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ST elevation

Instructors' Collection of the WEEK, Inferior Wall M.I.

Tue, 11/17/2015 - 15:38 -- Dawn

This ECG shows a common manifestation with inferior wall M.I., BRADYCARDIA.  We see the signs of acute inferior wall M.I. in the inferior leads:  II, III, and aVF all have ST segment elevation.  There almost appear to be pathological Q waves in Leads III and aVF.  There are still VERY tiny r waves, and the downward deflections are not wide, but should full-blown Q waves develop in these leads, they would signify necrosis in the area.  A repeat ECG would certainly be warranted. 

Another sign that there is an inferior wall STEMI is the ST segment depression in Leads I and aVL, which are reciprocal to Lead III.  ST depression can have many meanings, but when it is localized in the leads which are opposite ST elevation, it is reciprocal.  There is also ST depression in Leads V1 and V2.  These leads are reciprocal to the POSTERIOR wall, otherwise known as the upper part of the inferior wall.  If an inferior wall M.I. is large enough, it can produce ST elevation in the posterior leads (not performed in this case), and ST depression in the anterior leads, especially V1, V2, and V3. 

The rhythm is a marked sinus bradycardia, at just under 40 beats per minute.  Sinus bradycardia is very common in inferior wall M.I., because the inferior wall and the sinus node are usually both supplied by the right coronary artery.  AV blocks can also occur because the AV node is also supplied by the RCA in most people. 

It is important to remember that bradycardia does not always need to be treated.  In patients with acute M.I., a well-tolerated bradycardia may actually be beneficial to the injured heart, reducing supply/demand ischemia.  A well-tolerated bradycardia is a rate that does not produce low blood pressure and poor peripheral perfusion.  Some people tolerate rates in the 40’s quite well.  If the patient shows signs of poor perfusion: low BP, decreased mentation, pallor, shortness of breath, the rate should be cautiously increased with medication or electronic pacing.  


Patients who present with acute inferior wall M.I. should be screened for right ventricular M.I.  Right-sided chest leads, especially V3 through V6 can reliably detect right ventricular M.I.  Other signs which may or may not be present, and have less accuracy, are:  Lead III with higher ST elevation than Lead II, aVL with ST depression of 1 mm or more, and ST elevation in V1 on the 12-Lead ECG.  For more about the prognostic implications and treatment of RVMI, we refer you to Drs. Wang and Poponick.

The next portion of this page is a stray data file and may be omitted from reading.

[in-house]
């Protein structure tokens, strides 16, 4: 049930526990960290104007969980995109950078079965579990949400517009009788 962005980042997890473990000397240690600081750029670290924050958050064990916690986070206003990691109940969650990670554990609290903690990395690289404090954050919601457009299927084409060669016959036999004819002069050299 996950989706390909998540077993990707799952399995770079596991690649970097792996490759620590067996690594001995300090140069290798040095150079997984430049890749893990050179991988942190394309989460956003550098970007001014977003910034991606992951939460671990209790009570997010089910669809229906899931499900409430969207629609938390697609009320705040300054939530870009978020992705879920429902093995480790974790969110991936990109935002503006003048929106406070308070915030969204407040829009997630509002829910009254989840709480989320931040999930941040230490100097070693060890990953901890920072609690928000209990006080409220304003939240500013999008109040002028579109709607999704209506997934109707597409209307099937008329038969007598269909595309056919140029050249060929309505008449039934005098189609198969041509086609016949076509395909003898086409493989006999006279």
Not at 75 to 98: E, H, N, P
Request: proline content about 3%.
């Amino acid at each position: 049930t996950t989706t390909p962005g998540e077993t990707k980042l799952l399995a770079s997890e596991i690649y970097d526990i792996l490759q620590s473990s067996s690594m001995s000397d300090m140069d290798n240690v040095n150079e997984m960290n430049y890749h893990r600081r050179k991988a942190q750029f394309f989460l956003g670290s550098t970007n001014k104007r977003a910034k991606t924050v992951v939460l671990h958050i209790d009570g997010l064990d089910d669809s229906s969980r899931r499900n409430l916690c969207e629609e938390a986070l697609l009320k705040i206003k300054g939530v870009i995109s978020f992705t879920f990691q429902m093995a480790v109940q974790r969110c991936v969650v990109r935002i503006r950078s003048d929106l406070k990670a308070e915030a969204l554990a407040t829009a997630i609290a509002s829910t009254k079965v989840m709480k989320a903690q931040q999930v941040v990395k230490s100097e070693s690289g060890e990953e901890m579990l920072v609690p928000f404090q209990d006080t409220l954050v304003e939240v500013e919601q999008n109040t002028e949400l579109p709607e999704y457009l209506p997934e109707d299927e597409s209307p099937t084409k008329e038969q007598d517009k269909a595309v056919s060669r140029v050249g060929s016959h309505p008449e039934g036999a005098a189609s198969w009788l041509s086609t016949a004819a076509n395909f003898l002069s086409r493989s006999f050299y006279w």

For a more detailed look at this ECG, and a thorough discussion of inferior wall M.I. ECG changes, please refer to the comment below from our Consulting Expert, Dr. Ken Grauer, MD.

Anterior Wall M.I.

Sun, 07/26/2015 - 15:10 -- Dawn

This is a very interesting ECG taken from an acute M.I. patient.  Your basic level students will be able to appreciate the ST elevation in V1 through V3. Although the elevations are not very high, there are plenty of other abnormalities that point to acute STEMI: the ST segments are flat and there are marked ischemic T waves in the lateral leads: V4 through V6 and I and aVL.  The patient was suffering an acute episode of chest pain.

It is also noticeable that R wave progression in the precordial leads (V1 through V6) is not optimal, as there is still a significant S wave in V6.  We do not know if this is an electrode placement issue or not.  The QT interval is just at the high limit of normal.  
For your more advanced students, aVR has ST elevation.  It is not reciprocal of an ST depression in Lead II.  Research has shown that ST elevation in aVR and V1, especially when the ST elevation is greater in aVR, is a strong indication of proximal LCA or a Left Main occlusion.  Unfortunately, we do not have cath results for this patient.  In acute M.I. patients,  higher mortality rate has been associated ST elevation in aVR.

For more information about ST elevation in aVR, click here:

and here:


Second-Degree AV Block, Type I

Sun, 06/14/2015 - 00:07 -- Dawn

This ECG is from an 80-year-old woman who had an acute inferior wall M.I. with a second-degree AV block.
Some people incorrectly call ALL second-degree AV blocks that are conducting 2:1 "Type II".  This is incorrect, as Mobitz Type I can also conduct with a 2:1 ratio.  The progressive prolongation of the PR interval will not be seen with a 2:1 conduction ratio, because there are not two PR intervals in a row.

This is a good example of a Type I, or Wenckebach, block which is initially conducting 2:1.  At the end of the ECG, two consecutive p waves conduct, showing the "progressively-prolonging PR interval" hallmark of a Type I block. Type I blocks are supraHisian - at the level of the AV node - and generally not life-threatening.  Blocks that are conducting 2:1 present a danger, however, in the effect they have on the rate.  Whatever the underlying rhythm is, the 2:1 block will cut the rate in half!  This patient has an underlying sinus tachycardia at 106, so her block has caused a rate of 53.  In light of her acute M.I., that rate is probably preferable to the sinus tach. This patient’s BP remained stable, and she did not require pacing.